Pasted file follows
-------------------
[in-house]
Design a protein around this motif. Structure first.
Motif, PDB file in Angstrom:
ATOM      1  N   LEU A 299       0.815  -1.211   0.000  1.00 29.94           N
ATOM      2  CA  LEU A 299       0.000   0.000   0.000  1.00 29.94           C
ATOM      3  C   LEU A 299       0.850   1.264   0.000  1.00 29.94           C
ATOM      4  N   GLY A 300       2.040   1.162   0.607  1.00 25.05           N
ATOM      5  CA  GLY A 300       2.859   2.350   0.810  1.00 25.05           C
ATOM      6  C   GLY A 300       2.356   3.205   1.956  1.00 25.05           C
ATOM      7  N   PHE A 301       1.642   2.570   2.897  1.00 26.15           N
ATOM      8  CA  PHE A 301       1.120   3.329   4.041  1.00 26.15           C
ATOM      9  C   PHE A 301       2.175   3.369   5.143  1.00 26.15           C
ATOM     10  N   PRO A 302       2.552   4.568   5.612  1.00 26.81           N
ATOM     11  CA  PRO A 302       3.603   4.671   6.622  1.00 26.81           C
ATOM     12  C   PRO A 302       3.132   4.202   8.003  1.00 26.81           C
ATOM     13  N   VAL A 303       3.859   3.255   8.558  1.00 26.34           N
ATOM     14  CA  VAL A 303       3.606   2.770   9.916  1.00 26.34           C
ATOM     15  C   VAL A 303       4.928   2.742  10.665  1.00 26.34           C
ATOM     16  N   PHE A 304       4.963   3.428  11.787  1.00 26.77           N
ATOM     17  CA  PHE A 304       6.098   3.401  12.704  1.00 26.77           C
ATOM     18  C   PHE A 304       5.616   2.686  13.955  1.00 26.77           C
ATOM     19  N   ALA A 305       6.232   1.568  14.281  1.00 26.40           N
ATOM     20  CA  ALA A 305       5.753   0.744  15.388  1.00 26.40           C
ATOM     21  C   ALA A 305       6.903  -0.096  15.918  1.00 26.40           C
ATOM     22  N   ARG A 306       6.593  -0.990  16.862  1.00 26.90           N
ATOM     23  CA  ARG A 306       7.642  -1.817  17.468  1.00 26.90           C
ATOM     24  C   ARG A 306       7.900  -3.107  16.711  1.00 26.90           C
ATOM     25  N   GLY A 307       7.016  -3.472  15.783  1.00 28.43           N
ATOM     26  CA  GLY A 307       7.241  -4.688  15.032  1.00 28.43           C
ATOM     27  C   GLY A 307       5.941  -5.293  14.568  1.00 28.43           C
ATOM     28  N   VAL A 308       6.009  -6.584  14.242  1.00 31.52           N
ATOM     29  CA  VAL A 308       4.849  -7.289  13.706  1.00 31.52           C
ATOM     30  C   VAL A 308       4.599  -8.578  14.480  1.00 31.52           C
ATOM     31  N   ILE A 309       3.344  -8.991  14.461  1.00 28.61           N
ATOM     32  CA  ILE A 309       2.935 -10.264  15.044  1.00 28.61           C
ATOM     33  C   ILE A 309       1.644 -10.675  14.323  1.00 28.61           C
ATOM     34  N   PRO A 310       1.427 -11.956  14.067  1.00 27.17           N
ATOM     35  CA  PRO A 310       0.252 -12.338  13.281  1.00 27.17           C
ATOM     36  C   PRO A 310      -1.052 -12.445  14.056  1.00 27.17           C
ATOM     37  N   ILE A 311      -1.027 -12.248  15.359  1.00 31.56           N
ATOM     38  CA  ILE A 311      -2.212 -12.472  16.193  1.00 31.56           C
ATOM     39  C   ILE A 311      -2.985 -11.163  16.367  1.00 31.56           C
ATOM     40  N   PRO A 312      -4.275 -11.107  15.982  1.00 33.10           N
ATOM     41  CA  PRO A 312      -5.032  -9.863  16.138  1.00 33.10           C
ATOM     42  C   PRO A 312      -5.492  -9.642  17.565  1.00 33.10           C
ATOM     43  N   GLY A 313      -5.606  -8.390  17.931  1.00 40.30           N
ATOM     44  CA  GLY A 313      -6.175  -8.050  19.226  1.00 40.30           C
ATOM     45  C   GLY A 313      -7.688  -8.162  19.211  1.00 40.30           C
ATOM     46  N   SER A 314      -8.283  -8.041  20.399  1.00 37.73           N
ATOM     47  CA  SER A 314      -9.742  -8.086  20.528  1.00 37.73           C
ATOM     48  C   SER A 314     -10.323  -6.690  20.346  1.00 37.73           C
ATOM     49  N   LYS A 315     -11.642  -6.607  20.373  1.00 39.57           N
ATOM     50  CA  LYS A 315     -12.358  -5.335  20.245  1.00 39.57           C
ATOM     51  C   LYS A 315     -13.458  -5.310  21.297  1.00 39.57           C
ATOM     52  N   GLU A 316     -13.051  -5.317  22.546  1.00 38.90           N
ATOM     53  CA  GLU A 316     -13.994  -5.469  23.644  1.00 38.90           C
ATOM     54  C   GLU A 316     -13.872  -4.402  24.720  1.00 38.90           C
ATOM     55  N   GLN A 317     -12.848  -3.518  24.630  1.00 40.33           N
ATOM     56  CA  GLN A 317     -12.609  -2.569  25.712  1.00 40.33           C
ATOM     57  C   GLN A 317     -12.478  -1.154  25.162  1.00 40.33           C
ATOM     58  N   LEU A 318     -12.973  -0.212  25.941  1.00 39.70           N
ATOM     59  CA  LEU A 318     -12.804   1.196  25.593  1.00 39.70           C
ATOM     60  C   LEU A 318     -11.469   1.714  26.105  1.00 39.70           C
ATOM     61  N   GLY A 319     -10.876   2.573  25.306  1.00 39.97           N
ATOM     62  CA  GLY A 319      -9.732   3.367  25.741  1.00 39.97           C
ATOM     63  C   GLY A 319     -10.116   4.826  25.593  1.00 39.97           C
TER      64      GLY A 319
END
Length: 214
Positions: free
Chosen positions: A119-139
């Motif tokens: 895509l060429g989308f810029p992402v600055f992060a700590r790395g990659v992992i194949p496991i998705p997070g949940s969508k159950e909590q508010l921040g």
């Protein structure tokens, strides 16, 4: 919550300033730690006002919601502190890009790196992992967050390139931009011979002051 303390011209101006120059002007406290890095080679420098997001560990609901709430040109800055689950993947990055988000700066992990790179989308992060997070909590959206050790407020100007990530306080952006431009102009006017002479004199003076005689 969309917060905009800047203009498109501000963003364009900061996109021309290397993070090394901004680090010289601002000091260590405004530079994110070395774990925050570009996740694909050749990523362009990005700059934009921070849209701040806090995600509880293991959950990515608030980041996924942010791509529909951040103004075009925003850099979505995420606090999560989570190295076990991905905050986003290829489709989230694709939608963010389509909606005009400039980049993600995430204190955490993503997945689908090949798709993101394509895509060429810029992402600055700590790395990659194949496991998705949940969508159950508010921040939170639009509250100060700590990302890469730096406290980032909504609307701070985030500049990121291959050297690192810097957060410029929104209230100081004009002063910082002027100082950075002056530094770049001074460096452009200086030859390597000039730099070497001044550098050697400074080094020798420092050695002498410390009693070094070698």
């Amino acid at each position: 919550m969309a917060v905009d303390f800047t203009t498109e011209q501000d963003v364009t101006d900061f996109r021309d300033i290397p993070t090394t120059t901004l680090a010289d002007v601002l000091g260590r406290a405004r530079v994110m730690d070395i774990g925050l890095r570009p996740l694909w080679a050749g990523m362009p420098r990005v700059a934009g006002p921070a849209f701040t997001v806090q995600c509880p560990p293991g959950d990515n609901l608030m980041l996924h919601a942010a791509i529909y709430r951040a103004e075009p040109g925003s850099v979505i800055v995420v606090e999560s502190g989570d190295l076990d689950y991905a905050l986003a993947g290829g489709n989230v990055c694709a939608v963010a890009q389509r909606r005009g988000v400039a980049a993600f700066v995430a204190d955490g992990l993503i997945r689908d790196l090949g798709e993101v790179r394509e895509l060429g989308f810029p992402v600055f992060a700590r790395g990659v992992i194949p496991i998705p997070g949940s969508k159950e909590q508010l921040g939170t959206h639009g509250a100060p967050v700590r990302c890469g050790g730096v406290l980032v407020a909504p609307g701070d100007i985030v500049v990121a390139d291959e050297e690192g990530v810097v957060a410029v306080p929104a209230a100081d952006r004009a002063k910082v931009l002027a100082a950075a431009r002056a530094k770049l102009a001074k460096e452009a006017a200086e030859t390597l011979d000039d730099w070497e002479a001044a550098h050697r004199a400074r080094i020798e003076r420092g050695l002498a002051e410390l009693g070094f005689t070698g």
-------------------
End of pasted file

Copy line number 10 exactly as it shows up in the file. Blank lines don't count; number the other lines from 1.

ATOM      7  N   PHE A 301       1.642   2.570   2.897  1.00 26.15           N